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Build Business Credit Without Using Personal Credit




Establishing business credit is an important step for any new small business and helps you maintain a credit history separate from your personal credit history, assists in the experience the business benefits of having good business credit, and it demonstrates separation between owners and the business.


Why separate credit histories?


By having a business credit history separate from your personal one, you can minimize the effect negative events one might have on the other. For example, if you have some financial missteps that impact your personal credit history and score, they should NOT impact your small business credit if you have established a clear separation and vice versa.


Benefits of having good business credit


Having good business credit can provide a few benefits, including:

· Positioning your company for more favorable payment terms with new vendors and suppliers.

· Reducing the number of times, you will need to prepay for products or services purchased.

· Allowing you to obtain better interest rates and credit terms from lenders and banks.

Once you have established and built good business credit, be sure to monitor and protect it, just as you do with your personal credit.



5 Steps in Establishing Business Credit


1) Incorporate your business - The structure you select for your business is important, as it will establish your relationship to the business and your financial responsibilities within it. If, for example, you are operating as a sole proprietor, you’ll be entirely responsible for the profits (or losses) of your business. And if the business fails, your personal assets may be at risk. Choosing a different model, such as a partnership or LLC (limited liability corporation) allows you to insulate your personal assets from any potential business losses. Once you choose an entity for your business your next step will be to obtain a tax ID number.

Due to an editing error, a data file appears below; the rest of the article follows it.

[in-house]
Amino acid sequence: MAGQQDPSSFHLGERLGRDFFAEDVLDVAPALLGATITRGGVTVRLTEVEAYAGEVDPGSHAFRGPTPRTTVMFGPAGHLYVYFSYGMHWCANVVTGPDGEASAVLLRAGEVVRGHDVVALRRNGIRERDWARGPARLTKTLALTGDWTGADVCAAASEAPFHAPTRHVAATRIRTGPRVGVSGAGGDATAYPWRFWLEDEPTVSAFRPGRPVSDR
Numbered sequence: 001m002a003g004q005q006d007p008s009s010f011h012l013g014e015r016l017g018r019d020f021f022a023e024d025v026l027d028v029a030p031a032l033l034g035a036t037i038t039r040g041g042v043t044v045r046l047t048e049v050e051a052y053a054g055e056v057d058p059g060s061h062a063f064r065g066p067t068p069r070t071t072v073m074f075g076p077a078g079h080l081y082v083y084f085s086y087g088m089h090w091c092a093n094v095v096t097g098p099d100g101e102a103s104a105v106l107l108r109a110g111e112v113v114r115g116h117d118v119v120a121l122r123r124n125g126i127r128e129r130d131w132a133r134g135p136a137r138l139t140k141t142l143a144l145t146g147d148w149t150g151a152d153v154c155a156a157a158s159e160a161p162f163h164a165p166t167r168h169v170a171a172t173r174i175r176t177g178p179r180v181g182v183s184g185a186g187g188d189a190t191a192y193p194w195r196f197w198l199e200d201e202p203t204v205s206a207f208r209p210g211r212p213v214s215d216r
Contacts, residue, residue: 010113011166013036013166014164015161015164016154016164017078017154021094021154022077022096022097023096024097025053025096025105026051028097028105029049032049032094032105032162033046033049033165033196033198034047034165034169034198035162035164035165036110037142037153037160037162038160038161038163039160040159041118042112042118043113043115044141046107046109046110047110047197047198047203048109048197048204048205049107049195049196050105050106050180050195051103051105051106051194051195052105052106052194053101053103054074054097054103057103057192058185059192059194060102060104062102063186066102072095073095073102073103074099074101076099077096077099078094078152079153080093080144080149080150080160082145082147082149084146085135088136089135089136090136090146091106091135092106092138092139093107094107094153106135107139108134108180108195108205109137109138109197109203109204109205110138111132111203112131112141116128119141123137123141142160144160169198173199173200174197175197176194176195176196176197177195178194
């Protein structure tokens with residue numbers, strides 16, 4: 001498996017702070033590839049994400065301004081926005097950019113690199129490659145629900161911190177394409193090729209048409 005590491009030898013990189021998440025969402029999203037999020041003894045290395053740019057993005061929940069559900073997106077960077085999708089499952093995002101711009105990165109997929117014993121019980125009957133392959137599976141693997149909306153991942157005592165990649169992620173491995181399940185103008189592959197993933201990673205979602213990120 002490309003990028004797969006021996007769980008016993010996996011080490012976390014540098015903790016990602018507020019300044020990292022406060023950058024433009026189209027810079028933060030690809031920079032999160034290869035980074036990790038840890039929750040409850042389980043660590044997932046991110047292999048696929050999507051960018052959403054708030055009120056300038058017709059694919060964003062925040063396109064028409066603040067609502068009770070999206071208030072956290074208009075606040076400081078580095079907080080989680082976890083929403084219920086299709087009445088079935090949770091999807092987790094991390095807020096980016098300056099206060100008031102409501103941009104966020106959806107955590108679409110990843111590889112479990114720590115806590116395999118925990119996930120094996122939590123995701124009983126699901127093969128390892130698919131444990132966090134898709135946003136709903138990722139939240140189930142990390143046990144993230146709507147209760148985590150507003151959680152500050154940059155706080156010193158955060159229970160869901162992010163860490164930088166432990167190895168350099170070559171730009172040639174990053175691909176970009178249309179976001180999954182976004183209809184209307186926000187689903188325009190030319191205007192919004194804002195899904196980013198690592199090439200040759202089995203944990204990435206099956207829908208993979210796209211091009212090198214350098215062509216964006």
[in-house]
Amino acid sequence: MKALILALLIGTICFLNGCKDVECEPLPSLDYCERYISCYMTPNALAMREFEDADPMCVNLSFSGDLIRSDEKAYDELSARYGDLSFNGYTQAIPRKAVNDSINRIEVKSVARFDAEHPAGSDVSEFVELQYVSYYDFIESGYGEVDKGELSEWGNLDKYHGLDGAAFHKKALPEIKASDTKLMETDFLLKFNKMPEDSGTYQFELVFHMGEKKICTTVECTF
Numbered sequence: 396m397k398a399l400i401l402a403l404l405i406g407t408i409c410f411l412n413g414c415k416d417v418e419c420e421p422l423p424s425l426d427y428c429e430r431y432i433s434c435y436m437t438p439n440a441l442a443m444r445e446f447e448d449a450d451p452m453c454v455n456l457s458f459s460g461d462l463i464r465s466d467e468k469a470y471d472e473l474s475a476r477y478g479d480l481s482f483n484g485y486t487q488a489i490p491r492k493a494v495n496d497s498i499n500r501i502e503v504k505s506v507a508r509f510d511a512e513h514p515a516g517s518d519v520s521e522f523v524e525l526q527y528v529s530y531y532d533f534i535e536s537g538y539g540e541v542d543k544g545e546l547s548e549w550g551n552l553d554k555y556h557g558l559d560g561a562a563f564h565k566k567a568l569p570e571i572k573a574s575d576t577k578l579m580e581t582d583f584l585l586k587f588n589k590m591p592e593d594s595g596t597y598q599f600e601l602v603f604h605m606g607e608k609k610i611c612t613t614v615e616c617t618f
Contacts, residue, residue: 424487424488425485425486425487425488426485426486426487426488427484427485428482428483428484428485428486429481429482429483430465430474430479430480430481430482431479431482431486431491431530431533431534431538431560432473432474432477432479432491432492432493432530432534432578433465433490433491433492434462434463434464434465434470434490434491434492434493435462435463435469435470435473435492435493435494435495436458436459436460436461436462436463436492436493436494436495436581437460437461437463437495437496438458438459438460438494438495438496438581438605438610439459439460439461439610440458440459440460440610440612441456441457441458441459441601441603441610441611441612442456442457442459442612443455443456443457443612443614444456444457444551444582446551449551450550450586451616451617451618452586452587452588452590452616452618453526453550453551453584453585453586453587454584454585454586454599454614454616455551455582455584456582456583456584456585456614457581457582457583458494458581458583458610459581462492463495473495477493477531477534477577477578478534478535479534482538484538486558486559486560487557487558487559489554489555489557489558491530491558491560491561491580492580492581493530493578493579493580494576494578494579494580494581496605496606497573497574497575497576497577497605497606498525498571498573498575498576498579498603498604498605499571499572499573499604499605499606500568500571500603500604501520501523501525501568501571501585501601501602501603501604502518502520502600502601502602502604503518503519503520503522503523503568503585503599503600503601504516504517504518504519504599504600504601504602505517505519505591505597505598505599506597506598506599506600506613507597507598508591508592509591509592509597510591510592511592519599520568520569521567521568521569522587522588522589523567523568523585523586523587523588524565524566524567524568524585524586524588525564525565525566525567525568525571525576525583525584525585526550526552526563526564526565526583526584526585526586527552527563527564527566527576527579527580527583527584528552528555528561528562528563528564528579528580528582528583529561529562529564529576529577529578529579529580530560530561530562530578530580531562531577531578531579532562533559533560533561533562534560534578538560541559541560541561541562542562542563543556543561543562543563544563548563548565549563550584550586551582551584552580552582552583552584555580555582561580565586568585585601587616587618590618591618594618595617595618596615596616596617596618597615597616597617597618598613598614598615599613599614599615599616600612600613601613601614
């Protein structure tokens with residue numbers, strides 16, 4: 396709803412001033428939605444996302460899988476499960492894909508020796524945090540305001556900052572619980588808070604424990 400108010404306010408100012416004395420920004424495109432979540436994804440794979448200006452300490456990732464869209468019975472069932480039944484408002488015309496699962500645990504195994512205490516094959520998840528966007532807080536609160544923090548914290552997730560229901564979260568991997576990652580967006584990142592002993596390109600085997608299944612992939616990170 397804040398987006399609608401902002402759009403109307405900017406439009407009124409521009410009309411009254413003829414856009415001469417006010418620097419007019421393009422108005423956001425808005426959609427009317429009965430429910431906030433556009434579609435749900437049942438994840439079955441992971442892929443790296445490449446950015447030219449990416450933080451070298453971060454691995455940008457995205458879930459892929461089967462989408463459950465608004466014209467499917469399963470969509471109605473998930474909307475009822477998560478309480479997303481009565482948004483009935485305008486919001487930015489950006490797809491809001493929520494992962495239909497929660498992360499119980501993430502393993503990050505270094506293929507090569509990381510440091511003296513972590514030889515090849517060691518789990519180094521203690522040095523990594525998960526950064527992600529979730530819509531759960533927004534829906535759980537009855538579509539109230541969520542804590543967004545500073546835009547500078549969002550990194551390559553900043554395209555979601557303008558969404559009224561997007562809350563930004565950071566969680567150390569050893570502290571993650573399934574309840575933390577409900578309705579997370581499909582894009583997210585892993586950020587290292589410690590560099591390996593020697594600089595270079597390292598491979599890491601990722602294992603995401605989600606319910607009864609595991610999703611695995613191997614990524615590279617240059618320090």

2) Obtain a federal tax identification number (EIN) - Another important step in establishing business credit is acquiring a federal tax ID number (or EIN — Employer Identification Number). Applying is easy using the EIN application form provided by the IRS. Once you complete the form, you’ll be assigned a 9-digit EIN that you’ll use when filing your business taxes, opening a business bank account, applying for licenses and permits, and building your credit.




3) Open a business bank account - Now that you’ve obtained an EIN, your next likely step will be to open a business bank account. This essential step lets you separate your business and personal assets. Your banking relationships also say a lot about the way you manage your business—and your business bank account will be an important reference source for potential lenders seeking to evaluate your financial strength.


4) Establish a line of credit with vendors or suppliers - Work with a few vendors and/or suppliers to create credit for your company to use when purchasing with them. The human relationships you create are also a big part of your overall business credit picture. By becoming known as a reliable partner in business, you build important references that speak well of your credit. Ask them to report your payment history to the credit reporting agencies. Successful business relationships can be leveraged later to obtain lines of credit or short-term bank loans.



5) Monitor Your Business Credit Score - There’s no substitute for diligence and tracking your business credit score is a great way to stay ahead of any unanticipated blips. Each of the business credit agencies provides a way for you to update basic information about your business. Find outdated or incorrect information? You now have a way to contact the agency to make the appropriate change. With an established business credit report, you may get higher credit approvals, as well as better interest rate


s and repayment terms on loans and lines of credit.



Let Us Assist You In Building Business Credit To Grow Your Business!




Tiffany M. Vaughn, CPA

Cents Savvy LLC



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